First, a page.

overall rating:



Alice Kettlewell
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Revolut is a London-based financial technology app that offers accounts, currency exchange, cryptocurrency conversion, and savings accounts. The company was founded in 2015 and initially did not claim to be a bank, however, it gained its license in 2019. Revolut’s founders set up the company in a bid to digitalise banking services and open the industry up to younger consumers. Revolut has been valued at $1.7bn with around 15 million customers in 30 different countries including the UK, US, and Germany. The Ethical Consumer rating which assesses the ethical and sustainable nature of corporations has given Revolut a 10.5/15, which while better than traditional banks such as Tesco with 1.5/15, is worse than other digital banks such as Monzo at 12/15. This is mainly due to the public criticism of worker treatment within the company with an ethos of prioritising profit over wellbeing. Furthermore, Revolut lacks any concrete environmental progress reports as well as their work in unethical finance and rumours of facilitating money laundering.

What it's made of:


The digital nature of Revolut means that there is no in-branch waste or energy use in comparison to traditional banks. They do however have headquarters in London and 29 offices across 24 different countries which will generate substantial emissions. Revolut also offers a metal credit card which is far more durable and easier to recycle than plastic cards. In 2021, Revolut joined a Tech Zero Taskforce which host summits regarding the emissions and investments of corporations in the financial technology industry. Tech Zero is a government-backed group of 15 companies with a total of 100 million customers which aims to help consumers make greener decisions and creates technological innovations to help the UK reach its net-zero target by 2050. Revolut has also pledged to be net-zero by 2050 which will be aided by carbon-removal schemes. While this appears to be a positive step, there is a significant lack of any type of environmental reports or progress reports on their website. 

How it's made:


Revolut outsources a number of components of its business to third parties. This reliance means they cannot control what other investments these third parties may make be they sustainable or not. Revolut must move towards creating their software in-house rather than outsourcing in order to fully understand where money is going. While they are a financial technology corporation, Revolut’s website lacks information concerning what type of software they use to create the app and who they may be in partnership with. This really limits the transparency and thus why I have given the company a low planet rating for how it is made.

Who makes it:


Revolut was founded by Nikolay Stronosky and Vlad Yatsenko in 2015 who both have a history of working in investment banks such as Credit Suisse and UBS. Both of these banks have recently cut fossil fuel investments in a movement towards more green finance and low-carbon investments. This is a necessary step in shifting the mindset of corporations towards one of sustainability and is encouraging to see.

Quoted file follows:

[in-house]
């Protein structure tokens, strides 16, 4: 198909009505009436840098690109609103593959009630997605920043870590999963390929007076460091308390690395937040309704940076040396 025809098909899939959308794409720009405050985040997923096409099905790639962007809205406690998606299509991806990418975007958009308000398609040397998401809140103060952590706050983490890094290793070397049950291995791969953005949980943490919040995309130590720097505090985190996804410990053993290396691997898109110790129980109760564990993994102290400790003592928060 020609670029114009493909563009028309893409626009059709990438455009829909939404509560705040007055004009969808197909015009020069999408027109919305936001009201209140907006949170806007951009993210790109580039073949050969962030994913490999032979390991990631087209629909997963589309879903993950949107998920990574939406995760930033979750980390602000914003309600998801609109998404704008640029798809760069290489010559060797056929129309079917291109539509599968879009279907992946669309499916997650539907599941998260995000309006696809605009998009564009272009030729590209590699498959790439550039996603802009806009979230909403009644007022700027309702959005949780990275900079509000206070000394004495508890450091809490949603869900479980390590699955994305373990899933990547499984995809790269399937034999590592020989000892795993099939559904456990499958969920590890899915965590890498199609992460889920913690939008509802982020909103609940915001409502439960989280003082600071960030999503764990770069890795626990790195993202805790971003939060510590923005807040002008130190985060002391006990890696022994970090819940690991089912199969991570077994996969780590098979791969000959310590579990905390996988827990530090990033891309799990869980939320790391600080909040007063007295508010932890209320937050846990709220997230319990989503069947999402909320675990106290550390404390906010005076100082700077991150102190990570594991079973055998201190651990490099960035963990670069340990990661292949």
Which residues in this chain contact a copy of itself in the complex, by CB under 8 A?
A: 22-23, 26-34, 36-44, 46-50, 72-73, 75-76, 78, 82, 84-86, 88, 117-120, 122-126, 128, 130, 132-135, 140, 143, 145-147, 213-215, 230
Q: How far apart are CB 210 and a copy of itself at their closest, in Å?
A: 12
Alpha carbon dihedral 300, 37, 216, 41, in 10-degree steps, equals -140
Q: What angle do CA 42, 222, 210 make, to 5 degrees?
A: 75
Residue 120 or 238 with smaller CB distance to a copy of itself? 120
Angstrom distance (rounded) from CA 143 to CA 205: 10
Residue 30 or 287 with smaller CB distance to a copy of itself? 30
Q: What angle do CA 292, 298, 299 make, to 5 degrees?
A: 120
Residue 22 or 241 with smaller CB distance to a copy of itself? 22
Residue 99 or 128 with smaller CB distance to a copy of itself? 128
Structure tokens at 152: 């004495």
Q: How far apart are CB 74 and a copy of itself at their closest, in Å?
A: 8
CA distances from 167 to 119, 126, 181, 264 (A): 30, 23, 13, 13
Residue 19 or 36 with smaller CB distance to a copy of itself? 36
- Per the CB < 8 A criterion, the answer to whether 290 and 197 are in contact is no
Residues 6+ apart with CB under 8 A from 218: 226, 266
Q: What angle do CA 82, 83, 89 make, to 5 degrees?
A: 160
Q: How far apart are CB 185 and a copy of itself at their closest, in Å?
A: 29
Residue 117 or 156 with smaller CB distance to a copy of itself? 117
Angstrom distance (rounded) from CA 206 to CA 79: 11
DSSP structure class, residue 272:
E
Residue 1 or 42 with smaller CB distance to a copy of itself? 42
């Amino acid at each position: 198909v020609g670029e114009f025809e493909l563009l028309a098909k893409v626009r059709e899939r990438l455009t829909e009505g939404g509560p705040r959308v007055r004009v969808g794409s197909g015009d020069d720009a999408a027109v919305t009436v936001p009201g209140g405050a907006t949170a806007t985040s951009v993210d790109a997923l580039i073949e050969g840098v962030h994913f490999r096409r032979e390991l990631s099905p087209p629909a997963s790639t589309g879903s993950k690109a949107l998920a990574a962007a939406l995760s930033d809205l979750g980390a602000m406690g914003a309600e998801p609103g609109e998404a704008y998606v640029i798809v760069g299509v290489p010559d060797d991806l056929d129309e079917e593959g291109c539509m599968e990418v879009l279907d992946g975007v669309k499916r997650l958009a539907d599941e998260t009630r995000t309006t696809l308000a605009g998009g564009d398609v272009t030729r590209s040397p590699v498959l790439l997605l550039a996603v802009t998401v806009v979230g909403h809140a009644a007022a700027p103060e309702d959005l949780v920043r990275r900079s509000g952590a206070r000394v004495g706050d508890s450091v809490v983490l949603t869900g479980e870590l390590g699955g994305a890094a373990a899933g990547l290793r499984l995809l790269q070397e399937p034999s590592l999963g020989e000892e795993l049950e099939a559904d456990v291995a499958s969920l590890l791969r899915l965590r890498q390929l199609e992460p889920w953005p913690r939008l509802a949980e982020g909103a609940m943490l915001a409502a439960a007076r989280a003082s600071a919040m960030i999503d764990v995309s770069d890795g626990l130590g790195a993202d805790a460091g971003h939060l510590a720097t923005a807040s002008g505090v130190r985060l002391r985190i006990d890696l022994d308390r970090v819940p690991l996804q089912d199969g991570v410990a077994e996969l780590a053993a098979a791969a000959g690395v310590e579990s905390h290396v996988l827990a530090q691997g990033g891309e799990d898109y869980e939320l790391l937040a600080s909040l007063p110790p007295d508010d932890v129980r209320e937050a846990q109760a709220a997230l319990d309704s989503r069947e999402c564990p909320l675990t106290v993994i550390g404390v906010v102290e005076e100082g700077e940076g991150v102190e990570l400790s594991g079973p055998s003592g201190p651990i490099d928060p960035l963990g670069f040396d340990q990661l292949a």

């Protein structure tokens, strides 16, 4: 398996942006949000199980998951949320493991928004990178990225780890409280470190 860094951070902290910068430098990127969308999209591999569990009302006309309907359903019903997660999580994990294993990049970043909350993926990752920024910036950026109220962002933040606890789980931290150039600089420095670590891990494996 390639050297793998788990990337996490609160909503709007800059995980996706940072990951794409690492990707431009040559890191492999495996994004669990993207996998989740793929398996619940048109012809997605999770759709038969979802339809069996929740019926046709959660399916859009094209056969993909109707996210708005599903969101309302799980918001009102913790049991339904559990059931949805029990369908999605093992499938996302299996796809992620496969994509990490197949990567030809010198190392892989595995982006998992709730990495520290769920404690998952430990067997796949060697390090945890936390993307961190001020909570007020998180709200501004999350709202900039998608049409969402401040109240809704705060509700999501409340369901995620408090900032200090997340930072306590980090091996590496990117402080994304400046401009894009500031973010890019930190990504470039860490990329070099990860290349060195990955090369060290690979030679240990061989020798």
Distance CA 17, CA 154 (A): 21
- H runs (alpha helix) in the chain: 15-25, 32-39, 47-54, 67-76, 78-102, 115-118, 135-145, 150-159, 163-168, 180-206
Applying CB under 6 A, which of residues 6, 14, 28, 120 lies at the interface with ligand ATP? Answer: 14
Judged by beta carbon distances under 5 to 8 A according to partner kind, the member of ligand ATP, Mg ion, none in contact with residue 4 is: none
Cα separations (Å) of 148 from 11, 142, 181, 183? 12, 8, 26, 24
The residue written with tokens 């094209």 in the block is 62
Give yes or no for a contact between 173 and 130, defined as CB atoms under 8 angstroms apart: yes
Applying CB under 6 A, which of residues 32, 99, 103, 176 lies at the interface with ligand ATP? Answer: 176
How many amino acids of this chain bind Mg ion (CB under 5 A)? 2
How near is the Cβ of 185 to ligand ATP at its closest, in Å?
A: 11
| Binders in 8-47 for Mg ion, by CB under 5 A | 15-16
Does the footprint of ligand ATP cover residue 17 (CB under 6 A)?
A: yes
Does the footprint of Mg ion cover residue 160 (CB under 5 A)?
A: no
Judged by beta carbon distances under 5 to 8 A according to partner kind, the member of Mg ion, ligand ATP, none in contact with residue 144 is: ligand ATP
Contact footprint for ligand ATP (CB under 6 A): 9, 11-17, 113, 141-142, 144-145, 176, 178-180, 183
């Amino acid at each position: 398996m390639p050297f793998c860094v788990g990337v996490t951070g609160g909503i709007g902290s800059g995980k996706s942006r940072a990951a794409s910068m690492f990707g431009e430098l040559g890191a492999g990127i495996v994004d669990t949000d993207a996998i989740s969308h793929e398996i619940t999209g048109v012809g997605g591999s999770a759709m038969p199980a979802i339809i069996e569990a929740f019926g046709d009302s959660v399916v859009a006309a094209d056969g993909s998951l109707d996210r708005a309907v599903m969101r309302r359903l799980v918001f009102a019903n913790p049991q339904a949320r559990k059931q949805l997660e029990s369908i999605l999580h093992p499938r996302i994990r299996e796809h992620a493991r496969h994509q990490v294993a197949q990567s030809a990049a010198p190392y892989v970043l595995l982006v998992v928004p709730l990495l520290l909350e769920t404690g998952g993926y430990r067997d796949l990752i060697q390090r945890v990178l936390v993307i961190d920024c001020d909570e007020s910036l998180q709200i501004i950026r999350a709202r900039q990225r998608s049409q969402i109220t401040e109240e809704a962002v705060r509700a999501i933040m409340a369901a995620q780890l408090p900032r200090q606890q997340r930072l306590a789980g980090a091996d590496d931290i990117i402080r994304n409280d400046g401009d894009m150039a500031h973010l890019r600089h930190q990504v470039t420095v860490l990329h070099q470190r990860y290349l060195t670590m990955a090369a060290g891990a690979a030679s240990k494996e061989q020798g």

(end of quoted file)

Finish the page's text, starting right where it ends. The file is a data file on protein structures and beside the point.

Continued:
The app also has a donation feature that allows consumers to set up recurring payments to non-profit charities. This has proved useful in contributions towards the WWF to counteract the deforestation of the Amazon Rainforest. Encouraging donations to green companies is a great way to allow consumers to take accountability to where their money is going and a great step in the right direction.


It has been claimed that Revolut has undertaken anti-social financial practises by turning off an anti-money laundering system for 3 months in 2018. While this has been denied by the company, this would allow Revolut to channel funds towards potentially illegal activity which clearly counteracts any progress in social or environmental sustainability.


On Revolut’s website, they describe the numerous steps they take towards combatting modern slavery and human trafficking within their supply chains. With a Global Whistleblowing policy, employees are necessitated to whistleblow and detect wrongdoings within the company or any criminal activity via the Revolut Whistleblowing Portal. While in theory Revolut appears to be doing everything in terms of protecting labour rights, these efforts have not translated into the real world. Revolut has been publicly criticised for having a toxic work environment as there are claims that workers are forced to work overtime for no pay, face unattainable targets, and have to work for free during recruitment. With such widespread worker burnout, it is claimed that employees often do not last for more than a year. Furthermore, during the pandemic, there are claims that Revolut employees have been made to choose between voluntary leave for a small payment or being fired in a bid to cut company costs despite Revolut securing $500m in funding. Additionally, the founders have claimed that there is nothing wrong within the company and have shown little empathy for the claims. This maltreatment and disregard for worker wellbeing is unacceptable and is very unsustainable.